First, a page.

Friday, December 07, 2012

Corruption-- A Culture, A Way Of Life... But We're Better Than Sudan


I'm always arguing with my financial advisor about investing in Third World businesses. She's kept up a steady barrage for two decades that there are tremendous profits to be made in countries like India, China, Russia, South Africa, etc. My argument is that I've lived for years in the Third World and that I still travel in the Third World a lot and that if we can barely trust the U.S. stock market to be honest and transparent-- and "barely" is an extremely generous description-- then the stock markets in countries like India and businesses in countries like India, are absolute cesspools of corruption. The private sector, the public sector... the corruption is on a scale much cruder than anything on Wall Street; it's almost as bad as K Street and Capitol Hill.

Transparency International has their new Corruption Perceptions Index out and while the U.S. is less corrupt than Somalia, Myanmar and Afghanistan, it's not up there with the top tier countries-- like Denmark, Finland, New Zealand, Sweden, Switzerland, Australia, Norway, Canada and Holland --either. The U.S. ranks #19, just between Britain and Chile, comfortably ahead of Lesotho, Egypt, China, Iran and Jamaica, but not on the same scale of trustworthiness as Iceland, Singapore and Barbados.

The Corruption Perceptions Index ranks countries based on how corrupt their public sector is perceived to be and is urging governments to prioritize the fight against corruption. But in a country like the U.S., where almost no one is ever held accountable for public corruption and where systemic corruption is woven into the fabric of our political system... how is the government going to prioritize the fight against corruption? Both political parties are so mired in it-- and so beholden to those who finance their careers-- that it is inconceivable that the U.S. isn't destined for the trash heap of history, unable to deal effectively with the most basic problems for fear of offending greed-obsessed political financiers. The Republican Party is entirely based on corruption from start to finish, but the Democrats are almost as bad. Just this week alone, grotesquely corrupt slimebuckets like Joe Crowley (D-NY) and Rob Andrews (D-NJ) were elevated to party leadership status. That says it all.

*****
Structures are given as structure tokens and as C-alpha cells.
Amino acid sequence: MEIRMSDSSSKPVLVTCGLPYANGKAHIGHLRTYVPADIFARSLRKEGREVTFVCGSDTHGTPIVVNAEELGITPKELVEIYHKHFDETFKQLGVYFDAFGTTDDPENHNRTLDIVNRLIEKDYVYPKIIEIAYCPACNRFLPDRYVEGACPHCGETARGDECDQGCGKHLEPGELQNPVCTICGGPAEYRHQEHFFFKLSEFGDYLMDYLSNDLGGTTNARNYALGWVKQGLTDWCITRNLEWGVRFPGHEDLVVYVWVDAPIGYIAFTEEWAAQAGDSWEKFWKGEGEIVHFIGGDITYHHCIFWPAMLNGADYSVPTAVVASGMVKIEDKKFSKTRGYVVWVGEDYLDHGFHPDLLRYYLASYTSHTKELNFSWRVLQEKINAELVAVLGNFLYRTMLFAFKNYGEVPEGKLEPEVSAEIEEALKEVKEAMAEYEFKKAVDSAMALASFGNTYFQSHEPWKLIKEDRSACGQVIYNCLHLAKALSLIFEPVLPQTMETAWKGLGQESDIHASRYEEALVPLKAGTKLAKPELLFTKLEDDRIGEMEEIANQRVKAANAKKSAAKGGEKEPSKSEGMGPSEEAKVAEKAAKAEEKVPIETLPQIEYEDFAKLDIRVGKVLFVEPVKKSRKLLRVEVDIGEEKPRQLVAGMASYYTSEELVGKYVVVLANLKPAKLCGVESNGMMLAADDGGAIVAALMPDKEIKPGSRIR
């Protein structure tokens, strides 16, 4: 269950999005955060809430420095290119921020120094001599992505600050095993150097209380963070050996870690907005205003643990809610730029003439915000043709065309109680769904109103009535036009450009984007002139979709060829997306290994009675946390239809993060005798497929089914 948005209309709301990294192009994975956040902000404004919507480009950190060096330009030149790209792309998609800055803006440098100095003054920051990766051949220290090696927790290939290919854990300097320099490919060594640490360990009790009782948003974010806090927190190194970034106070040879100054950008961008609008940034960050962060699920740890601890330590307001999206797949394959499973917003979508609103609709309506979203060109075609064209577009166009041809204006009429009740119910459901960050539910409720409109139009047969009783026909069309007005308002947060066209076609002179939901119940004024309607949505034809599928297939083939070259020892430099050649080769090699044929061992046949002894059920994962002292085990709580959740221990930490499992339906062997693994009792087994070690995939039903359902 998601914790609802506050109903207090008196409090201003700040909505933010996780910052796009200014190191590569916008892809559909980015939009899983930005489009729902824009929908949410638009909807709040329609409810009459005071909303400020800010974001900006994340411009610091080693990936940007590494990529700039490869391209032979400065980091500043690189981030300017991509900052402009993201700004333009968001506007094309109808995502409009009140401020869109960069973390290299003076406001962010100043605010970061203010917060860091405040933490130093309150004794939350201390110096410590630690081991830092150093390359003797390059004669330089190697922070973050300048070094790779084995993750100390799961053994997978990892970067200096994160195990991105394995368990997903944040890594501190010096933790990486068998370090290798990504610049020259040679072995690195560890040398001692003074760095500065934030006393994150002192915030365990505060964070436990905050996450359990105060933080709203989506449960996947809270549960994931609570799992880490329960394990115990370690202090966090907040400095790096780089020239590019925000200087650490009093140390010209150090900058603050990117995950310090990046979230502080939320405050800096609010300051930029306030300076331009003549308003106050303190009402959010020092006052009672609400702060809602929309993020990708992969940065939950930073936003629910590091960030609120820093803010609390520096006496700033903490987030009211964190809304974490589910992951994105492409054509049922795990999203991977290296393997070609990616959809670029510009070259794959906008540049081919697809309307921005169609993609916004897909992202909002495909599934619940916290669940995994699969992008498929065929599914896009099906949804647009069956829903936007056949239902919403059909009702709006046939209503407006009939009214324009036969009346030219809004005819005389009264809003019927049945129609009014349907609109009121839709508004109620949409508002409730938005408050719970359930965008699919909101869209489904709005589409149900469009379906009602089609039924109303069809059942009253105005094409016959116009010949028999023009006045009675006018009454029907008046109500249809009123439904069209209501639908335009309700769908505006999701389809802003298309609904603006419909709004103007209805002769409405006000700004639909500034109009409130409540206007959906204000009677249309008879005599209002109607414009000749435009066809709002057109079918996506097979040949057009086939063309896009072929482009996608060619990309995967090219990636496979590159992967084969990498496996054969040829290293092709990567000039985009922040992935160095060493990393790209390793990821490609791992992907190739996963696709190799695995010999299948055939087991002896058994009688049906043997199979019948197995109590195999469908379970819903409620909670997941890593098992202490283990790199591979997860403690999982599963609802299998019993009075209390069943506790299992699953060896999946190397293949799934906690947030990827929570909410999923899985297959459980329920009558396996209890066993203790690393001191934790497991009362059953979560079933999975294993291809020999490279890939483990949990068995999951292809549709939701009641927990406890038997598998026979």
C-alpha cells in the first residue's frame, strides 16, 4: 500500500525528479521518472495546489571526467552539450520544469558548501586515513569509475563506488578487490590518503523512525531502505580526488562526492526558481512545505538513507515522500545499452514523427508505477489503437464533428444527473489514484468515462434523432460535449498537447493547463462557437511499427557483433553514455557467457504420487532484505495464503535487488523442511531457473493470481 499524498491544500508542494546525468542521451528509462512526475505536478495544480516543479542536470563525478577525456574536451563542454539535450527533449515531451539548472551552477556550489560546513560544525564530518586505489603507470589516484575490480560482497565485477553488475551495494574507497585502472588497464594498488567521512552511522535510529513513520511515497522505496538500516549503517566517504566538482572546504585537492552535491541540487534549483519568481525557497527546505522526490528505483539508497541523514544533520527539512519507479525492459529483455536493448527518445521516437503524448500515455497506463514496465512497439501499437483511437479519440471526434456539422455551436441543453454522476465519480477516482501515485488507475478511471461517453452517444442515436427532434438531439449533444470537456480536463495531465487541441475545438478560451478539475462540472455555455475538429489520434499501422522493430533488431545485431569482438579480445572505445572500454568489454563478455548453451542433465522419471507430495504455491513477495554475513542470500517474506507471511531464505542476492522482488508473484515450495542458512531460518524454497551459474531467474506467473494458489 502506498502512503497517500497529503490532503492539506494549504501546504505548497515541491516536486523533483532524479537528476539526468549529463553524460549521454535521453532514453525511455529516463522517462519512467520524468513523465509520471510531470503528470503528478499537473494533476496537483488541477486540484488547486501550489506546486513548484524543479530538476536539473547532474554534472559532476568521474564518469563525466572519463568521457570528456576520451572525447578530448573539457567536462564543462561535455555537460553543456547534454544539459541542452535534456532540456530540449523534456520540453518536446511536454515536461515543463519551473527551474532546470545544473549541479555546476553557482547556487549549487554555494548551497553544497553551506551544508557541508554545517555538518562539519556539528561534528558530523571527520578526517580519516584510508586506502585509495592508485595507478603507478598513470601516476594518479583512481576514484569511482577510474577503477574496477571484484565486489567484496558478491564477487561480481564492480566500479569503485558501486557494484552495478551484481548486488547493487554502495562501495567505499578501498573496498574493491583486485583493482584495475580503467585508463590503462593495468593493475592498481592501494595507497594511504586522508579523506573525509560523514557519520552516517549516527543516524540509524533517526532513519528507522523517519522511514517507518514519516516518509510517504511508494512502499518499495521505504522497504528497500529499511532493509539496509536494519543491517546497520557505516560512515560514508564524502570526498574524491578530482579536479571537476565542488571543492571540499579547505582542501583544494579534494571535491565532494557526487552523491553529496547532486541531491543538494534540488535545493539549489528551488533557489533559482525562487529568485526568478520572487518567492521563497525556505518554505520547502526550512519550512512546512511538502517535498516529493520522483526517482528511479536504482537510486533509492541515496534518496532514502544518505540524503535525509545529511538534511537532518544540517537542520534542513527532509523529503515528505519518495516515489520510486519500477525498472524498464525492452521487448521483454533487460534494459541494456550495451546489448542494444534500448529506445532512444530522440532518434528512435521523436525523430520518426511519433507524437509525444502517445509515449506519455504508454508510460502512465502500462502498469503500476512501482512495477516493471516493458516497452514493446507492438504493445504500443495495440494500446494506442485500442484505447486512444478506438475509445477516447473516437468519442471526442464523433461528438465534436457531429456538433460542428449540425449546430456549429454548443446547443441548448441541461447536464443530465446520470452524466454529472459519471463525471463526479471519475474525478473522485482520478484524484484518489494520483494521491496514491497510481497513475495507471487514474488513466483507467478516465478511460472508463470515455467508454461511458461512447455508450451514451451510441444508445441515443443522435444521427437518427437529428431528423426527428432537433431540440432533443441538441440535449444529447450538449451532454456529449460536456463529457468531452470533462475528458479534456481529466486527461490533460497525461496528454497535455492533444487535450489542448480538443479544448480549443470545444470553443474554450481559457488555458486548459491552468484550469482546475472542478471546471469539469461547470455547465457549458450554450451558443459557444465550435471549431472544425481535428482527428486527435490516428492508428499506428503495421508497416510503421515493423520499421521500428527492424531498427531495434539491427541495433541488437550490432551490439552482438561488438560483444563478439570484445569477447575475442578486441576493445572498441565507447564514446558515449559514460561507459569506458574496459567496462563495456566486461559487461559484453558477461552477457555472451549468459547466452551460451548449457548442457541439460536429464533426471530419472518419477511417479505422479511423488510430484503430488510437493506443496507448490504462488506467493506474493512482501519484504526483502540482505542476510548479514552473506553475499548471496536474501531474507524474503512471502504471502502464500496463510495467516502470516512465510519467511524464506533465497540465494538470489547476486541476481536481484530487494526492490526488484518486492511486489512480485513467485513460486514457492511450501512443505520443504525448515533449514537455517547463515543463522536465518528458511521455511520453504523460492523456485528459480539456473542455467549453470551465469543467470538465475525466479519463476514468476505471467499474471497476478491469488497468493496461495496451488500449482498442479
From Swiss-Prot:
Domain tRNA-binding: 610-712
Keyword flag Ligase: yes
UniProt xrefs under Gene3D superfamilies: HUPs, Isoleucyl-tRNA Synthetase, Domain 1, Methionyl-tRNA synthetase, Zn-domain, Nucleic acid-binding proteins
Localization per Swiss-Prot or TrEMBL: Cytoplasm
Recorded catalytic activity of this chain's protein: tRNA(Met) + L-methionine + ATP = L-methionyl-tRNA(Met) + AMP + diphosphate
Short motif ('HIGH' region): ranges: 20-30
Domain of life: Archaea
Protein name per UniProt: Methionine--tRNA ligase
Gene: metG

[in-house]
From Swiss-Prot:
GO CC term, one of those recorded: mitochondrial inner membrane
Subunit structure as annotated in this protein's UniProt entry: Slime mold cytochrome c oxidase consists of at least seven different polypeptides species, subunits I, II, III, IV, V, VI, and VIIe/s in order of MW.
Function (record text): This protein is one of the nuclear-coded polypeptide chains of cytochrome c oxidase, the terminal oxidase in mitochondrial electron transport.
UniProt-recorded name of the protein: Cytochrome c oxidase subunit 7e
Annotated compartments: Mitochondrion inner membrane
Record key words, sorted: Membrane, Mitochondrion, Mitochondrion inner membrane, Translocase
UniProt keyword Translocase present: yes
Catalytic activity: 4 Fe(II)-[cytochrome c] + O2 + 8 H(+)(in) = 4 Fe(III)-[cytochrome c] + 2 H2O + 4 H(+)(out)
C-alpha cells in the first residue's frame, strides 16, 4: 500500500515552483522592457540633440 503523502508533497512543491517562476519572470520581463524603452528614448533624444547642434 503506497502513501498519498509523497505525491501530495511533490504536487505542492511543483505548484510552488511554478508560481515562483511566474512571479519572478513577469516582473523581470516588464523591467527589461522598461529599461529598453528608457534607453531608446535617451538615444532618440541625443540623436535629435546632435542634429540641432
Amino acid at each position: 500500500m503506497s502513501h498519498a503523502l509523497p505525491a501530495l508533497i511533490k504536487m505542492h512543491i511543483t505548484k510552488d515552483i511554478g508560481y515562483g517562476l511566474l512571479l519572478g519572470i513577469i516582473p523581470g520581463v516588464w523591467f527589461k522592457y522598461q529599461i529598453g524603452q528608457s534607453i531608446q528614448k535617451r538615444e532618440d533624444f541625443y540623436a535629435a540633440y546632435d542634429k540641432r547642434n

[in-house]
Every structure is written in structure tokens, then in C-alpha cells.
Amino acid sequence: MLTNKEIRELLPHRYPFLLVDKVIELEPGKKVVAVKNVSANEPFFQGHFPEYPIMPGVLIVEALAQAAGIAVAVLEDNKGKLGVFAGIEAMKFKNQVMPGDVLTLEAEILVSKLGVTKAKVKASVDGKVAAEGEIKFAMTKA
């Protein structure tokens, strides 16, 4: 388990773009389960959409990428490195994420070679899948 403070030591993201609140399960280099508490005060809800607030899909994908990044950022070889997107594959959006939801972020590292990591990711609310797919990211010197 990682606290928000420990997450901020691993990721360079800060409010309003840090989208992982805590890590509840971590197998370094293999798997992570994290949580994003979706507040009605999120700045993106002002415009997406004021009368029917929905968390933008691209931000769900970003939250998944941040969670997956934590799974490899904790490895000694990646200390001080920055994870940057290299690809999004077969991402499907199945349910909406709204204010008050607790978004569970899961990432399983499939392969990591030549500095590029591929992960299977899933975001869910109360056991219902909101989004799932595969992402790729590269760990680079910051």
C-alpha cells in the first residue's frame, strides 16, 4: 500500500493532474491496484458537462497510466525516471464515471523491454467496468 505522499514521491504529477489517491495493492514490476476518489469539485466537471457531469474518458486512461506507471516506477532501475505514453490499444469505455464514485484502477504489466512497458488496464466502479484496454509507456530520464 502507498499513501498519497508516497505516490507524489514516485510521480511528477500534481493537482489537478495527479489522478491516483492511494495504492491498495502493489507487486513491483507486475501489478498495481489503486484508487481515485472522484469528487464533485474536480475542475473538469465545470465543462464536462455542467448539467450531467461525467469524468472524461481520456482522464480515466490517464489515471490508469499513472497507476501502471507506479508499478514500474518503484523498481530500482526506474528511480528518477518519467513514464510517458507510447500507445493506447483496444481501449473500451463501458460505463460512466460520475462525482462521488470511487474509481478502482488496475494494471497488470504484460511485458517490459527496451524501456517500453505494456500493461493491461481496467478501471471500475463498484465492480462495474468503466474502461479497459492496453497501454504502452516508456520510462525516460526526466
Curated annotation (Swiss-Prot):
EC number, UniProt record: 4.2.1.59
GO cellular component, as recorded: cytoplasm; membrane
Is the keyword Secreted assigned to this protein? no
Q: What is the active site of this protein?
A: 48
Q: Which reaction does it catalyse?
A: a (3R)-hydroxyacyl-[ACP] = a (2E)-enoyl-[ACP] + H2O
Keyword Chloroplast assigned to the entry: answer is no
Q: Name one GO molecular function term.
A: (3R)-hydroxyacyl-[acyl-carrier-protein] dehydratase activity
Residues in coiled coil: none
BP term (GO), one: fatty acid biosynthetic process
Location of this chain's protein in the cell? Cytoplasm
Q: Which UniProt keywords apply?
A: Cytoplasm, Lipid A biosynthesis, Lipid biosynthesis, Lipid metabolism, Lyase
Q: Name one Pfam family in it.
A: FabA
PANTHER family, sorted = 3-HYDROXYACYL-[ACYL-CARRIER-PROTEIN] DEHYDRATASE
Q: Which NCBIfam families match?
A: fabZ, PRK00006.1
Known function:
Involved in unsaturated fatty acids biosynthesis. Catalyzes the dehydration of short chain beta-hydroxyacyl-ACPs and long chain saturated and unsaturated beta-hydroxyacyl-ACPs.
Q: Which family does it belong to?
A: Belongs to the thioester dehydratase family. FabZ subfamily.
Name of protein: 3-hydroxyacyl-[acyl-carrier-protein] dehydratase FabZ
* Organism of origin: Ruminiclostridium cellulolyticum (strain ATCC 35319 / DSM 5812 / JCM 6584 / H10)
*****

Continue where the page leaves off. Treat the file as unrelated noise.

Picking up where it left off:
Looking at the Corruption Perceptions Index 2012, it's clear that corruption is a major threat facing humanity. Corruption destroys lives and communities, and undermines countries and institutions. It generates popular anger that threatens to further destabilise societies and exacerbate violent conflicts.

The Corruption Perceptions Index scores countries on a scale from 0 (highly corrupt) to 100 (very clean). While no country has a perfect score, two-thirds of countries score below 50, indicating a serious corruption problem.

Corruption translates into human suffering, with poor families being extorted for bribes to see doctors or to get access to clean drinking water. It leads to failure in the delivery of basic services like education or healthcare. It derails the building of essential infrastructure, as corrupt leaders skim funds.

Corruption amounts to a dirty tax, and the poor and most vulnerable are its primary victims.

So, how do we counter the effects of public sector corruption?

Governments need to integrate anti-corruption actions into all aspects of decision-making. They must prioritise better rules on lobbying and political financing, make public spending and contracting more transparent, and make public bodies more accountable.

After a year with a global focus on corruption, we expected more governments to take a tougher stance against the abuse of power. The Corruption Perceptions Index results demonstrate that there are still many societies and governments that need to give a much higher priority to this issue.

A new Gallup poll found that the only group in America rated less trustworthy than used car slaesmen are Members of Congress. Does anyone even remember, let alone care about Jack Abramoff and Tom DeLay? Today Boehner is coddling a Mafia congressman from Staten Island, Michael "Mikey Suits" Grimm, and a congressman who he appointed to head the House Armed Services Committee, Buck McKeon, who is in hock for gambling debts to an agent of the Chinese government, Sheldon Adelson. And speaking of Adelson, he's the single biggest contributor to the Republican Party and he ties together the interests of China and Organized Crime. Amazing!



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